Case Management

5. If the applicant wishes to pursue an application for variation of a settlement then the application must be properly case managed

Rayden & Jackson on Relationship Breakdown states as follows on this point:-
“Although the trustees of the settlement have no locus to originate an application for a variation of the settlement, they can be heard in opposition, and it is good practice to invite them to intervene in the proceedings at an early stage, and if they refuse, then consideration should be given to joining them as a party1. In TL v ML (ancillary relief: claim against assets of extended family)2 Mostyn J held at [36]:

”In my opinion, it is essential in every instance where a dispute arises about the ownership of property in ancillary relief proceedings between a spouse and a third party, that the following things should ordinarily happen:
(i) The third party should be joined to the proceedings at the earliest opportunity;
(ii) Directions should be given for the issue to be fully pleaded by points of claim and points of defence;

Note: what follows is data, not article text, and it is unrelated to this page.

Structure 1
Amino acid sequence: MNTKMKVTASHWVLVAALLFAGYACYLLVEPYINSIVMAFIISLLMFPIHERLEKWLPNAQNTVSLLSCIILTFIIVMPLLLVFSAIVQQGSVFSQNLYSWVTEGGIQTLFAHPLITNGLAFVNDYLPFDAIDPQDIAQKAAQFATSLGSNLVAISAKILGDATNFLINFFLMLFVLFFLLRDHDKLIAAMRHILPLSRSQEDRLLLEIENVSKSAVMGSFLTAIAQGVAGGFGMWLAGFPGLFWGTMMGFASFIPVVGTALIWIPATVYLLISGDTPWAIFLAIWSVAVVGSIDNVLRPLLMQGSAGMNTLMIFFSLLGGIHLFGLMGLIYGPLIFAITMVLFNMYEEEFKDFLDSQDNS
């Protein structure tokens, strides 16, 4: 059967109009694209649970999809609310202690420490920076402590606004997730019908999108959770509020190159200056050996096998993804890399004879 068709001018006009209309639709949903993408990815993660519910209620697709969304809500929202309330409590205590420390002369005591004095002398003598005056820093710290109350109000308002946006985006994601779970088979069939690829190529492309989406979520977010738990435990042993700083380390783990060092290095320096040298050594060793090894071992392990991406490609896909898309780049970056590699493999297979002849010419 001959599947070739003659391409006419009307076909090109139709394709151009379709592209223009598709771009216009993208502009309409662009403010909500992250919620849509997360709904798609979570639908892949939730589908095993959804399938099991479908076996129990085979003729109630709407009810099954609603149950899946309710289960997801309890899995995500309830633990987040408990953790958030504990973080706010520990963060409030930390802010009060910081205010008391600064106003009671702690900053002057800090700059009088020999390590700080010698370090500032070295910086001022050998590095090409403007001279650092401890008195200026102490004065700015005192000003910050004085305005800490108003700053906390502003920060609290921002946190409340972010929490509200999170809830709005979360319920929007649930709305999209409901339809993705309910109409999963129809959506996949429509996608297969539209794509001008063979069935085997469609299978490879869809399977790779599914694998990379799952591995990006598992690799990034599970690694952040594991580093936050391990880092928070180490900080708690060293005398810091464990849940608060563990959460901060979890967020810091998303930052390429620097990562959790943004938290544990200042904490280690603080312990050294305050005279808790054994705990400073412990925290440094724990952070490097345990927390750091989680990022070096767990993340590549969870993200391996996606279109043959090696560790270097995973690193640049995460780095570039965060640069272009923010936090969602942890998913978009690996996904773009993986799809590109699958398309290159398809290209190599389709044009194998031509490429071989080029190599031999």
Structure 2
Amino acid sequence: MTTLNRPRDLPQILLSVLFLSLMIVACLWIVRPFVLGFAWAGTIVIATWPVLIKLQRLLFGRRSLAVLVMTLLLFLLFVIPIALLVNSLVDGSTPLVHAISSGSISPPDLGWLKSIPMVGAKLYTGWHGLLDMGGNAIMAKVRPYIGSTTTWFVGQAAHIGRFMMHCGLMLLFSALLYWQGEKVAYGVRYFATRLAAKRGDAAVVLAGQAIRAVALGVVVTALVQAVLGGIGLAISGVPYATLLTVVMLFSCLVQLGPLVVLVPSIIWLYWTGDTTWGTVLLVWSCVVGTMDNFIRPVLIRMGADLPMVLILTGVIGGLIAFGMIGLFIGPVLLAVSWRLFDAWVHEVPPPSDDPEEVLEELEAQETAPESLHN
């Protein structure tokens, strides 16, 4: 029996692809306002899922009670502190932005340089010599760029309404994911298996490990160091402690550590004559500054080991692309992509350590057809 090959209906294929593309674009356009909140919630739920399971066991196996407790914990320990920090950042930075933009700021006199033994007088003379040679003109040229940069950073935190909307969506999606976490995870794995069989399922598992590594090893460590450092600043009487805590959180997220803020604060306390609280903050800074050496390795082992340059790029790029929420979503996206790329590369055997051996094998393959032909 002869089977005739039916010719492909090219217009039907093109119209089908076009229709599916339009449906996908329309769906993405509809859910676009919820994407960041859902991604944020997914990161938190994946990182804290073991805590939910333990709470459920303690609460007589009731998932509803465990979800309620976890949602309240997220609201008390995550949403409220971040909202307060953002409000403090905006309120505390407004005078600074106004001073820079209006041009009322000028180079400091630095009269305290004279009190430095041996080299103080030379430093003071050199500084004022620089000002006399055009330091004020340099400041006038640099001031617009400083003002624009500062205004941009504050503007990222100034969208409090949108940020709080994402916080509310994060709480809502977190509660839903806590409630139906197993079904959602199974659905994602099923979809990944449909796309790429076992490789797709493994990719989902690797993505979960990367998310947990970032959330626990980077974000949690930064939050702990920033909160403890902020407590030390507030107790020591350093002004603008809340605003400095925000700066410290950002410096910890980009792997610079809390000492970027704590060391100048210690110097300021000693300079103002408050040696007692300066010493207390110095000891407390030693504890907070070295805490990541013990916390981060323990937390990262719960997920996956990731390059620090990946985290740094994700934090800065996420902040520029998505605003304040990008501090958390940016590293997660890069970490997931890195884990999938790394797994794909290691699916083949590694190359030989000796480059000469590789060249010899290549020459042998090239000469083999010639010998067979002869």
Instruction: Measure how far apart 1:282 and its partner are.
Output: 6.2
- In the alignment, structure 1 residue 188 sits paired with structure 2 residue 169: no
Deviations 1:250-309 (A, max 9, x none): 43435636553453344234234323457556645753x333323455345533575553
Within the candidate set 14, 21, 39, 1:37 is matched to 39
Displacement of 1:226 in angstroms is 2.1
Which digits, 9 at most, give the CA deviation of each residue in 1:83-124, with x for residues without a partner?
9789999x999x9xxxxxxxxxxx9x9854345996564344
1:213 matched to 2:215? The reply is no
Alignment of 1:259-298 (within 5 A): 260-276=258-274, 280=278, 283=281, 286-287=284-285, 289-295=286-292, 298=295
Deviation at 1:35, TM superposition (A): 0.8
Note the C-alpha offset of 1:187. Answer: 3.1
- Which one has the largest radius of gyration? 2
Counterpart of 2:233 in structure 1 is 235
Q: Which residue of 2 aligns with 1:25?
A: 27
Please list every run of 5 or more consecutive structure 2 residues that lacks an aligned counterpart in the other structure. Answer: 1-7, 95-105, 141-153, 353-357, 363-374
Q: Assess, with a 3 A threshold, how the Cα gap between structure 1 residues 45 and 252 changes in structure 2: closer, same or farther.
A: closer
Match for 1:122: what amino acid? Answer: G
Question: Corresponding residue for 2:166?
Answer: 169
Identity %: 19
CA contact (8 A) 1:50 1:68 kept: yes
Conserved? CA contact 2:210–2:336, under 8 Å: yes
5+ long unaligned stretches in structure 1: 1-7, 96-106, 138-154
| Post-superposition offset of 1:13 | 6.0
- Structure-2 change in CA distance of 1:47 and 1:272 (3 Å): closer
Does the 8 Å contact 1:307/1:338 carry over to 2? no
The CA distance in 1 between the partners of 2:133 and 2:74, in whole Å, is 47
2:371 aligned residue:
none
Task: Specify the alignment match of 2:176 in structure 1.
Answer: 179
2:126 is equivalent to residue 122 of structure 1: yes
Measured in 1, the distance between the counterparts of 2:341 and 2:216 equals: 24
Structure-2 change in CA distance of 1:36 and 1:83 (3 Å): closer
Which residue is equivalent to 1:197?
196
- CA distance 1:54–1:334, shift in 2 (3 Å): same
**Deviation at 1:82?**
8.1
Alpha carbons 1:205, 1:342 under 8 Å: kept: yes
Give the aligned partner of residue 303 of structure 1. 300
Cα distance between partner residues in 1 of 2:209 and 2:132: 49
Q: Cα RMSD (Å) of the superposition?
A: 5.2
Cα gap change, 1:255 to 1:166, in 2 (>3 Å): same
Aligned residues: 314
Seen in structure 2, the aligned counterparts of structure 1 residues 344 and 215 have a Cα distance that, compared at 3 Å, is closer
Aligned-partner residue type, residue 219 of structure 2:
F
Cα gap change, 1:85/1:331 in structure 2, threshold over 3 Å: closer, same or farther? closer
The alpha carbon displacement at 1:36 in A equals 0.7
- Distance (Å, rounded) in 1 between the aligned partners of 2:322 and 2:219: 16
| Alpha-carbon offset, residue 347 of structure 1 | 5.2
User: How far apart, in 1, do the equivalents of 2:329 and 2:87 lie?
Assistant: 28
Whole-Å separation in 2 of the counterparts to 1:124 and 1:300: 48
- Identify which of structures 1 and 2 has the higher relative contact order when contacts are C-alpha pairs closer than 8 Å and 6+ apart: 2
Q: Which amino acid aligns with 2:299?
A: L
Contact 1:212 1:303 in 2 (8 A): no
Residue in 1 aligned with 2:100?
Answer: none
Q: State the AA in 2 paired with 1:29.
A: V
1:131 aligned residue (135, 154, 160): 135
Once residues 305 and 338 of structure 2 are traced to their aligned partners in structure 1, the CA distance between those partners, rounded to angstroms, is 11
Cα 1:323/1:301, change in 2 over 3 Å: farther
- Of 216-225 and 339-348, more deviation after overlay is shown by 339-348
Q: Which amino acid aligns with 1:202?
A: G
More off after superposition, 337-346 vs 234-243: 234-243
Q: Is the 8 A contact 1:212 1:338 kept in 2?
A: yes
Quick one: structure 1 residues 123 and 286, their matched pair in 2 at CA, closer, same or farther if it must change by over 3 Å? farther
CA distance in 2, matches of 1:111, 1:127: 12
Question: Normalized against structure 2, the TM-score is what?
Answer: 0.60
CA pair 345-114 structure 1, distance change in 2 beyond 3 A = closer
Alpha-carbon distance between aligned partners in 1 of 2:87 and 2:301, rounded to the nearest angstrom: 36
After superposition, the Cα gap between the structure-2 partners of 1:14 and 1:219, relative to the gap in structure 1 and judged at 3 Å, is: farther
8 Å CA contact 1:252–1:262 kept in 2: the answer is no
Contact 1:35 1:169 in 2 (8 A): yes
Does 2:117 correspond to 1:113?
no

(iii) Separate witness statements should be directed in relation to the dispute; and
(iv) The dispute should be directed to be heard separately as a preliminary issue, before the financial dispute resolution (FDR).”
1 T v T (joinder of third parties) [1996] 2 FLR 357.
2 [2005] EWHC 2860 (Fam).

In DR v GR (financial remedy: overseas trust) [2013] 2 FLR 1534 Mostyn J held that FPR 2010, 9.13 did not require that an order for the joinder of trustees in an application to vary a settlement. The rule required notice of the application to be given to the trustees and to the settlor, if living. If trustees were served in accordance with this rule, and did not seek to be joined to the proceedings, any variation order would be valid and binding on them.

However, Moor J in TM v AH (2016] EWHC 572 (Fam) (disagreeing with Mostyn in DR v GR [2013] EWHC 1196) expressed the clear view that the trustees should be joined if variation of the trusts was to be sought.

For what it is worth, this author’s view is that Moor J view is the preferable one.


6. (a) In cases where the other sides wealth is tied up in a discretionary trust and the
trustees are not prepared to co-operate in facilitating a reasonable settlement to your client, or are otherwise being obdurate – then this little used (almost forgotten?) provision of the MCA 1973 should be considered.
(b) Indeed, the fact that an order is directly enforceable against the trust (not merely the other spouse) is (especially after set back of Petrodel v Prest to family practitioners) of incalculable advantage.
(c) It will not be applicable in all cases – but where it is – it may be a powerful weapon in the armoury of a skilful solicitor to prise money from the trust.




Stephen Murray is a member of the Family Department at 18 St John Street. For more information on Stephen and the team, click here or contact a member of the family clerking team on 0161 278 8263 or via email